Kees Bald Eagle was brewed for Peter van der Arends's Morebeer pub chain and is possibly the finest bit of self-deprecating humour I've ever seen in a beer name. It's a double IPA and came with a warning that the yeast might be better served on the side; and a tasting glass for decanting it into. 8% ABV and boasting 20g of hops per litre, it looks attractively clear and copper-coloured, my missus getting full credit for pouring so deftly. I almost let her drink all of the beer. Its aroma is sweet and oily: a mix of fresh orange blossom and funky human sweat, and it has a dense texture to match. Solidly west-coast American hops open the flavour, starting on a spritzy waft of fresh lemon, fading to a harder pine bitterness. But that's when the density kicks in, smoothing out the hop acid with soft pillowy malt. Balancing a double IPA is tough but this one manages to make great use of big strength and big hops without turning hot or harsh.
But back to the stouts. Duits & Laurent Winterstout was next: a paltry 8.5% ABV and with a split personality aroma giving hot tar and ripe summer fruit. The flavour starts smooth and creamy but finishes on a dry burnt note. Maybe it's just the name but this really spoke of winter to me, evoking blazing fireplaces and calorific food. A few sips in and the sweet caramel centre becomes the dominant feature, rounding out a very decent traditional-style strong stout.
Much to the relief of my liver, the next beer was only 4% ABV. It's a Broyhan (a what?) brewed at Oedipus in Amsterdam as a collaboration with The Commons (the what?) in Oregon. It's called Transatlantic Foosball but let's just ignore that. They've used white pepper in the recipe but I couldn't really detect any hint of it, finding instead lots of soft melon and lychee flavours. There's a certain amount of sourness but it's low-level. Like many an archaic top-fermenting German style, it's pale, light and refreshing. Berliner weisse and Gose have both had their moments in recent years, with Grätzer bringing up the rear. I wouldn't be at all surprised to see neoBroyhan in the limelight next: on this evidence it has a lot of the same, eminently hackable, features.
Nearly time to move on from DeRat's Dutch selection, but not before going out on Kracht Hout, a quadrupel brewed at Breugem and aged on Palo Santo wood. It's black and it smells of mince pies. In particular there's spicy cinnamon and booze-soaked dried fruit in the aroma, and then a smoother flavour of cinnamon, clove and coconut-infused cookies, tailing out on eucalyptus and vanilla. I don't know how much of the complexity was deliberate and how much purely accidental from the ingredients, but if you like playing tasting note bingo across the pub table with your spouse, this is a good one for that.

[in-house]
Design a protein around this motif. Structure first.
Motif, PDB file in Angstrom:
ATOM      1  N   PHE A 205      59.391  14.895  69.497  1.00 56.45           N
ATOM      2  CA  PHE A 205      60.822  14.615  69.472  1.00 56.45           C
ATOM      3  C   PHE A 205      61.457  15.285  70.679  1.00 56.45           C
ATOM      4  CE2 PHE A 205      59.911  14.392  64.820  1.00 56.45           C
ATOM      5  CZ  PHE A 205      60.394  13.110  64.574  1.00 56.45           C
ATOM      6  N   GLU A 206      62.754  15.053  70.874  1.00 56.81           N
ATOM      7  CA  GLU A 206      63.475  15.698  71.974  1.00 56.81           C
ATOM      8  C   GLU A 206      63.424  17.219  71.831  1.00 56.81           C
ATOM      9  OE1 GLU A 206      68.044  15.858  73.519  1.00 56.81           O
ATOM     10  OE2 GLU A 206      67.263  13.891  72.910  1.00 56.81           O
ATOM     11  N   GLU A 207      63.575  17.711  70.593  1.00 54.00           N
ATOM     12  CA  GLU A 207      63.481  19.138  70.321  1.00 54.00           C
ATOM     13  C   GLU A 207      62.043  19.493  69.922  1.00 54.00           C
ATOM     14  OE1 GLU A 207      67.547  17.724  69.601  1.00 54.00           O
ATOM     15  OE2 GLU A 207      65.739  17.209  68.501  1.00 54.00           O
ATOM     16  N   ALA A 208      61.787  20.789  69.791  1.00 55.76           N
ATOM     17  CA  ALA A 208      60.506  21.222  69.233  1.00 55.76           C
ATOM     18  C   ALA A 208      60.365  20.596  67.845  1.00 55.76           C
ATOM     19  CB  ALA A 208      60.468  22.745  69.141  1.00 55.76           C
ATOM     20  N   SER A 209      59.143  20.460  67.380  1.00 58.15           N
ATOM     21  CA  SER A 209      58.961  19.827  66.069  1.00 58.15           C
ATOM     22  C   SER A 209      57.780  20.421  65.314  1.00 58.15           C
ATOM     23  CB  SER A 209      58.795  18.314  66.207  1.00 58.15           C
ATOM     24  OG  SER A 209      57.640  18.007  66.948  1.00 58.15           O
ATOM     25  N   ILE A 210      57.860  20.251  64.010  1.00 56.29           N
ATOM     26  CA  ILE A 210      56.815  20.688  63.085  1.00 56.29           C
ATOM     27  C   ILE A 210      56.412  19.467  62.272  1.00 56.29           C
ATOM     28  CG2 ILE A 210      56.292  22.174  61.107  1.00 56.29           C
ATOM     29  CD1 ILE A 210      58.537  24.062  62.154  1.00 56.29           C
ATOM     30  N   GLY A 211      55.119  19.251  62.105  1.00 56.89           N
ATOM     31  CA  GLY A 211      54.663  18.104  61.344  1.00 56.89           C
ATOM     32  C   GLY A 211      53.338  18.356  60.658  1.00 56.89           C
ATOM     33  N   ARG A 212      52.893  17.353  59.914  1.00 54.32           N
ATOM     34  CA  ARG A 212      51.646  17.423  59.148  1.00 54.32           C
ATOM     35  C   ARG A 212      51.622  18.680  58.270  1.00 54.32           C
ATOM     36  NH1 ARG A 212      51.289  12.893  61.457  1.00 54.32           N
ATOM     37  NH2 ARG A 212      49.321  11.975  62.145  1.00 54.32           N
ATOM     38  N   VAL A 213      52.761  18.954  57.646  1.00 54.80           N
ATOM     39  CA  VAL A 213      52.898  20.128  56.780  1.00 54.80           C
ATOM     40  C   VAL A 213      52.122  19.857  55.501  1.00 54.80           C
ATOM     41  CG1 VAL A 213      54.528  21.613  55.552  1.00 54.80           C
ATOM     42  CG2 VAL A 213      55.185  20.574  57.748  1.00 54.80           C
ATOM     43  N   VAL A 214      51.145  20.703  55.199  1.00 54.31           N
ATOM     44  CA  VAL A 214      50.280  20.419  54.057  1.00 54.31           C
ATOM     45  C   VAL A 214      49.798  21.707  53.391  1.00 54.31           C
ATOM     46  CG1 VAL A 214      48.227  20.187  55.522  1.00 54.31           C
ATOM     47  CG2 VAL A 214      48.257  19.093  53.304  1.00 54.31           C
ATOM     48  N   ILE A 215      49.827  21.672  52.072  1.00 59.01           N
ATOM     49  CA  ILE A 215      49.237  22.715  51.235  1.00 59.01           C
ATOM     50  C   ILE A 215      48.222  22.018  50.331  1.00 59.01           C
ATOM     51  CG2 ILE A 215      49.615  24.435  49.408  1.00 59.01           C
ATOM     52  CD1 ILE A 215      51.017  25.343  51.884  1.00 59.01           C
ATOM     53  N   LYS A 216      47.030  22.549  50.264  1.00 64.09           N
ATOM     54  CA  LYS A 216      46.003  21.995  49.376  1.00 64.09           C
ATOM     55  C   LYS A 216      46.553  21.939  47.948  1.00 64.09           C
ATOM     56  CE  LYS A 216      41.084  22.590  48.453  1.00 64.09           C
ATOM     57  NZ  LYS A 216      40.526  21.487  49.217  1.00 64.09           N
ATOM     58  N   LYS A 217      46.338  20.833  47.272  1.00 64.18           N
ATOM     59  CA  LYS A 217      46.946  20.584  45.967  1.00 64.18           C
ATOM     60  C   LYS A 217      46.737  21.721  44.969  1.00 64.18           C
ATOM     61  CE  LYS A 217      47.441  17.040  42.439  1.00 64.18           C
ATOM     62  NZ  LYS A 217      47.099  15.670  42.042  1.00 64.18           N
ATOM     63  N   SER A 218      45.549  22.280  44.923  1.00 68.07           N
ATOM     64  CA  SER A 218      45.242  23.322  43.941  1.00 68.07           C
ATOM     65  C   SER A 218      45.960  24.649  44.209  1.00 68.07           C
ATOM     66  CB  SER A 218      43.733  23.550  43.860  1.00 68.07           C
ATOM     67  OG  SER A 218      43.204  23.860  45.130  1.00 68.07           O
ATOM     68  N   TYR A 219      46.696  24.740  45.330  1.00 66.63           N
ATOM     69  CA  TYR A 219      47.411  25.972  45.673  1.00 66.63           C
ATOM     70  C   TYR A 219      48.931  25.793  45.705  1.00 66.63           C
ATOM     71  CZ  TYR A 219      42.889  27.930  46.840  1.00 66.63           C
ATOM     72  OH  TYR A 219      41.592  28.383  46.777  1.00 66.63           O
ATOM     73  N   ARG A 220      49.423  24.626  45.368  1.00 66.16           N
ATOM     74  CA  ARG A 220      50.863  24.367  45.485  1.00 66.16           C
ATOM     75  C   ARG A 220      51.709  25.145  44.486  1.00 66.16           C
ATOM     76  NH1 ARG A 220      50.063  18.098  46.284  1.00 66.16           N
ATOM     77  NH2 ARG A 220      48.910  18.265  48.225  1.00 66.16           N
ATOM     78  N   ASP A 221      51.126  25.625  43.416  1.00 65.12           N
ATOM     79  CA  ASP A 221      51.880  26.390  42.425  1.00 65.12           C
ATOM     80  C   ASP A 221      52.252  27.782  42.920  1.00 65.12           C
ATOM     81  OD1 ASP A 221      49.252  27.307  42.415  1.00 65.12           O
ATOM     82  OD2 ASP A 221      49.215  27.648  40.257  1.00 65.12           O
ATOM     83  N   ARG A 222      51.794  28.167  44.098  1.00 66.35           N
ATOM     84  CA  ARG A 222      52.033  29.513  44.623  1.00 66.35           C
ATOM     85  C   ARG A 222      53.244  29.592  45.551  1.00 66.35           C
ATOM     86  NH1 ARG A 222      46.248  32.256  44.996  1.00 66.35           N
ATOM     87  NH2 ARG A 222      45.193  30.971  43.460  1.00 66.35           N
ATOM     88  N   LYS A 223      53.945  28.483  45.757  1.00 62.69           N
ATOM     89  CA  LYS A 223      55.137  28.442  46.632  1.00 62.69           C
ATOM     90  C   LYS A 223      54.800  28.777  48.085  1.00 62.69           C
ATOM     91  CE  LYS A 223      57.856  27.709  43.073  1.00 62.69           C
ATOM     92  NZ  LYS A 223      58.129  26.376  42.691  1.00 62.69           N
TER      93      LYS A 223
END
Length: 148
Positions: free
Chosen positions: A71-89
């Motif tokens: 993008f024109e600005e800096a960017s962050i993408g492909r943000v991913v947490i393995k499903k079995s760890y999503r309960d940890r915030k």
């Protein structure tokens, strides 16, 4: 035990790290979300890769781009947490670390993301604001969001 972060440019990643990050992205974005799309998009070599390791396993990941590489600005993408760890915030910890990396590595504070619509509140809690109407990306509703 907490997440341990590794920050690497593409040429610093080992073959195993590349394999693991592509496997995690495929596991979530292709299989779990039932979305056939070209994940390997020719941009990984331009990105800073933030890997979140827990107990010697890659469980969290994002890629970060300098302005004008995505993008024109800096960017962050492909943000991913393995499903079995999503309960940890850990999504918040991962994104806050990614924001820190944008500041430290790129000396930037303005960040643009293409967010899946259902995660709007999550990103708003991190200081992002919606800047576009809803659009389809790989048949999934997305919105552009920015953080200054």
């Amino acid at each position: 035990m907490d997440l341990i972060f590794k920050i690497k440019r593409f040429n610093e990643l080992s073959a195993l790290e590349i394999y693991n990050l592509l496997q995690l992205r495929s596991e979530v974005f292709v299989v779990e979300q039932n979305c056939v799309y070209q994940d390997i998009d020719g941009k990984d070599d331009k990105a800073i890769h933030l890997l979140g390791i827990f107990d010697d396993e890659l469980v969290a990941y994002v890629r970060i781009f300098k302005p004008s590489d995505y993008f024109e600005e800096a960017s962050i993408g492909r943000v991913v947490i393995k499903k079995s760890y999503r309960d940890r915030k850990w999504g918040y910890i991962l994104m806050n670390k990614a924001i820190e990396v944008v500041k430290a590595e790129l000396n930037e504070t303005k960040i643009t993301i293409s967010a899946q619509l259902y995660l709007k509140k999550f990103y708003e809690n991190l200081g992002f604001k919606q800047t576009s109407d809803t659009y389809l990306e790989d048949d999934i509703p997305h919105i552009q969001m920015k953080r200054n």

I will come back to DeRat later this week for a look at its foreign beer selection, but now we cross the canal and head for De Drie Dorstige Herten, another corner pub that looks homely and welcoming and normal, though also carefully picks its beer list.
I kept it local with Neobosski's 8.5% ABV Sooty Otter imperial porter on draught. It looks appropriately stouty ("imperial porter" is stout; let's just put that away now): a pure black body topped with a creamy head. Bitter and boozy is my notebook's assessment, leafy green cabbage in the aroma, turning to the clove-and-juniper-spiced red variety on tasting. There's a harder tarry bitterness behind the fresh hops and it's all carried along in a very jolly way by a rounded creamy body. Yet another strong, complex dark Dutch beer. They set that bar pretty high around here.
For herself, 't IJ American Barley Wine: 8.6% ABV, dark brown and brewed with Ahtanum, Ekuanot and Centennial hops. Fruitcake is the main face it presents to the drinker: smelling and tasting of sultanas and citrus peel in particular. There's a rich, wine-like, boozy depth, and thick cakey substance. Despite the citrus there are very few sharp edges in the profile, being smooth all the way through. It departs the palate with a flourish of warming herbal eucalyptus that sits comfortingly in the belly for a while after. I am really enjoying the depth, breadth and cleanness of 't IJ's beers since they moved to their new brewery.
I really felt I had unfinished business in Utrecht by the time it was time to leave on the afternoon of day four. It would have been nice to do a bit of undirected random café-hopping. But train time rolled around and I made a last minute decision to grab a couple of beers at the station for the trundle back to Schiphol. Mine was Pandora, an IPA from local outfit Maximus. I regret not having the chance to drink it from a glass because even by the neck it smelled and tasted fantastically tropical, almost like pure pineapple juice. 6% ABV gives it a sufficiently dense malt weight and the fruit sweetness is balanced by a dry wheaty malt backdrop. For all that I wanted to do more sensory analysis on it, I also got the impression that this would work perfectly well as an everyday house beer. I can't imagine one would get bored of it easily.
So that's a quick run around the headline locations in central Utrecht. But there are also two very different brewpubs in the locality. I'll cover what I found there in the next post.
Westvleteren 12 - *Origin: Belgium | Date: 2012 | ABV: 10.2% | On The Beer Nut: December 2007* This bottle of Westvleteren 12 was not captured in the wild, acquired instead ...